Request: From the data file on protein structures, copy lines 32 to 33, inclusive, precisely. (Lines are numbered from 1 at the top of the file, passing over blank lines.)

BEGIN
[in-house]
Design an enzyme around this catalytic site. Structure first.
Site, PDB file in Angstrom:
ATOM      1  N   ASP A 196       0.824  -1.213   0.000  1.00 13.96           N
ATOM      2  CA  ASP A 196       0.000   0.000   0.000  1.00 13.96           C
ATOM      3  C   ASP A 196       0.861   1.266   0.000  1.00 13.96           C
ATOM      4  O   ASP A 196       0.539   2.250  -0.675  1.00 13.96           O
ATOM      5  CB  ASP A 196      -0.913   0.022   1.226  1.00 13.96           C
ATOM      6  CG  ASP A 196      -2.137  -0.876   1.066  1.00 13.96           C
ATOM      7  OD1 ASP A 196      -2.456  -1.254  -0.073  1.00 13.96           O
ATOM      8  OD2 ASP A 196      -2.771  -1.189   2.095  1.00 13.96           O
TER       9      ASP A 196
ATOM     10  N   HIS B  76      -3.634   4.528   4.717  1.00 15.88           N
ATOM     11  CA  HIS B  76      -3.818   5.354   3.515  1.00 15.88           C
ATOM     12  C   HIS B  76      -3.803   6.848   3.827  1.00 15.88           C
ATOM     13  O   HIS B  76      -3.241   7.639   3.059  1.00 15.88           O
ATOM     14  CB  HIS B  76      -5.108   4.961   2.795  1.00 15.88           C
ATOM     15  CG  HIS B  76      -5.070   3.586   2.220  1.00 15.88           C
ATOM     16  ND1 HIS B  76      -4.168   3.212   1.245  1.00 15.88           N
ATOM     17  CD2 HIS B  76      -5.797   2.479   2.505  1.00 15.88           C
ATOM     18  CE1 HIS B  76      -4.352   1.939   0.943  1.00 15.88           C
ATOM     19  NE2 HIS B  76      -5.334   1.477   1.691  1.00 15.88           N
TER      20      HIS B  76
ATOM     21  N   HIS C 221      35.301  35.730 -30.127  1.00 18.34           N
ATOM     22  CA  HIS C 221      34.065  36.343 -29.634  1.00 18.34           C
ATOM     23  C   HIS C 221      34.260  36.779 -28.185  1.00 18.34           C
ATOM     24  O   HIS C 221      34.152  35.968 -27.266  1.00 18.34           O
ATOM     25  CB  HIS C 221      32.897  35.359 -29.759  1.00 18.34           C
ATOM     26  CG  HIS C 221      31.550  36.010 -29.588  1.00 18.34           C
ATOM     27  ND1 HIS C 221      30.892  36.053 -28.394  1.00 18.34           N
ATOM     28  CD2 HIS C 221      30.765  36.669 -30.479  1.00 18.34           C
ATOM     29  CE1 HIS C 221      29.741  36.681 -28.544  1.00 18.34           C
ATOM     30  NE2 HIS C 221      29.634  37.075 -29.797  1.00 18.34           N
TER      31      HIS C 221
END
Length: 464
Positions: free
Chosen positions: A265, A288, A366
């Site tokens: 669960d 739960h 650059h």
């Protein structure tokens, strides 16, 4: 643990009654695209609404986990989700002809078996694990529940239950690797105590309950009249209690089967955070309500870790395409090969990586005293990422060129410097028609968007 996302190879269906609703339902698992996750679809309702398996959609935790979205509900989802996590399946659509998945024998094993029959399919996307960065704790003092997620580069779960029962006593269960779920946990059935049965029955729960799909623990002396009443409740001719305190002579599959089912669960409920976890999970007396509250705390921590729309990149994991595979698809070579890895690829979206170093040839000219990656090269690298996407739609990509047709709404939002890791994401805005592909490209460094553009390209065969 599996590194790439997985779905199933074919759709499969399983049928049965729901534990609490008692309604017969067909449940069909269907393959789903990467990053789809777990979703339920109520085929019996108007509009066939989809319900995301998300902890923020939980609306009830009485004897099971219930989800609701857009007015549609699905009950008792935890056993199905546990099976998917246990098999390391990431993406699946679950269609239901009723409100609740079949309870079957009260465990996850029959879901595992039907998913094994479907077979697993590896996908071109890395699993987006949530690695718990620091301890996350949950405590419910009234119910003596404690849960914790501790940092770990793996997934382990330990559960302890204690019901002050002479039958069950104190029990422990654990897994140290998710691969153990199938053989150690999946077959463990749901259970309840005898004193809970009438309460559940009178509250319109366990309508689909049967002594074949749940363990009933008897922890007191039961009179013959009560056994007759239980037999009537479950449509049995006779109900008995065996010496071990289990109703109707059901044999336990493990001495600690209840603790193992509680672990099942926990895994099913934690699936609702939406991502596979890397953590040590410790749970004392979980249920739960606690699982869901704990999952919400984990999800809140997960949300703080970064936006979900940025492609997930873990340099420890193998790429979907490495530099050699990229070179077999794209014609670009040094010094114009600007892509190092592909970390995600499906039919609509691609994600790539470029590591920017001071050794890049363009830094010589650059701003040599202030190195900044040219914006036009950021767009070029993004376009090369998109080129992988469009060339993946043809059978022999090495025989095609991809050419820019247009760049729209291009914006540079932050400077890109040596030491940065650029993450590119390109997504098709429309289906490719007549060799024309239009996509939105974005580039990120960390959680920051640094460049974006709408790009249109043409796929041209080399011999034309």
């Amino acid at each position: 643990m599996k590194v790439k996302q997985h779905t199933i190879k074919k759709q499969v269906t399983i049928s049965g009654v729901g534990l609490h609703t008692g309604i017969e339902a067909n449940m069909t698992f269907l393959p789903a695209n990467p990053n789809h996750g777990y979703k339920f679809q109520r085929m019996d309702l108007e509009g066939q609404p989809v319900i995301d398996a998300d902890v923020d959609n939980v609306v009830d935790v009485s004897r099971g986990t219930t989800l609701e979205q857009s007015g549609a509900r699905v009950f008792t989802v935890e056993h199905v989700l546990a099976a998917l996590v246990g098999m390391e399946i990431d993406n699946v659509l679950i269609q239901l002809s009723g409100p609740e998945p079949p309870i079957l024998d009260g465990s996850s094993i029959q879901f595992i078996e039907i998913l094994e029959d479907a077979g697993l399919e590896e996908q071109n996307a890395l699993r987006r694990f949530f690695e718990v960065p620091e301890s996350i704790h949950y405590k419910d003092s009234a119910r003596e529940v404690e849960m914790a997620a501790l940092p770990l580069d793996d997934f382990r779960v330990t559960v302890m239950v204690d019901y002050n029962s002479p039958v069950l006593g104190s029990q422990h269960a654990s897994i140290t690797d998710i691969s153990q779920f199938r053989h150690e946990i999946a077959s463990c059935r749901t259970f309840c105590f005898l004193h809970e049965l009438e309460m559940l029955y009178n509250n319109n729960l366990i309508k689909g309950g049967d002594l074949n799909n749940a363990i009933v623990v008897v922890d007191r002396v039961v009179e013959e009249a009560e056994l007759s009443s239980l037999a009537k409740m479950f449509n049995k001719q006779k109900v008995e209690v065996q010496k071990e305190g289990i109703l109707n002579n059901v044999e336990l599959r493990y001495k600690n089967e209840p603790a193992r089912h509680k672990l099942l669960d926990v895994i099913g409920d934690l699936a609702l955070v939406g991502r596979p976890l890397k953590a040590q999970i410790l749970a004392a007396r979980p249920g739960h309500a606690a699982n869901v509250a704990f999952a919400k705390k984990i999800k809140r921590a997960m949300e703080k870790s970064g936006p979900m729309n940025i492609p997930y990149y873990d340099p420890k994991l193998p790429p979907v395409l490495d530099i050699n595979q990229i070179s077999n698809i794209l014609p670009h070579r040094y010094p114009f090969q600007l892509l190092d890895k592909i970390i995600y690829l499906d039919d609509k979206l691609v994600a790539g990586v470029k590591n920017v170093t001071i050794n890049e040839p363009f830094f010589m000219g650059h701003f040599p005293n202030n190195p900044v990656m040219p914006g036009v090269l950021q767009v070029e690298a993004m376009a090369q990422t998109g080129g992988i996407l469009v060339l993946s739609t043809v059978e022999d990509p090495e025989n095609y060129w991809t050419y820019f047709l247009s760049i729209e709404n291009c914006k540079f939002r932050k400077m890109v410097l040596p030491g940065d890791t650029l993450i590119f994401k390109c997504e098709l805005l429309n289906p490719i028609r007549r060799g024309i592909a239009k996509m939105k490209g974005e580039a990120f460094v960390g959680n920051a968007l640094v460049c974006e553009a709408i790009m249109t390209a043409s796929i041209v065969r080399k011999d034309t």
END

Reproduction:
ATOM     29  CE1 HIS C 221      29.741  36.681 -28.544  1.00 18.34           C
ATOM     30  NE2 HIS C 221      29.634  37.075 -29.797  1.00 18.34           N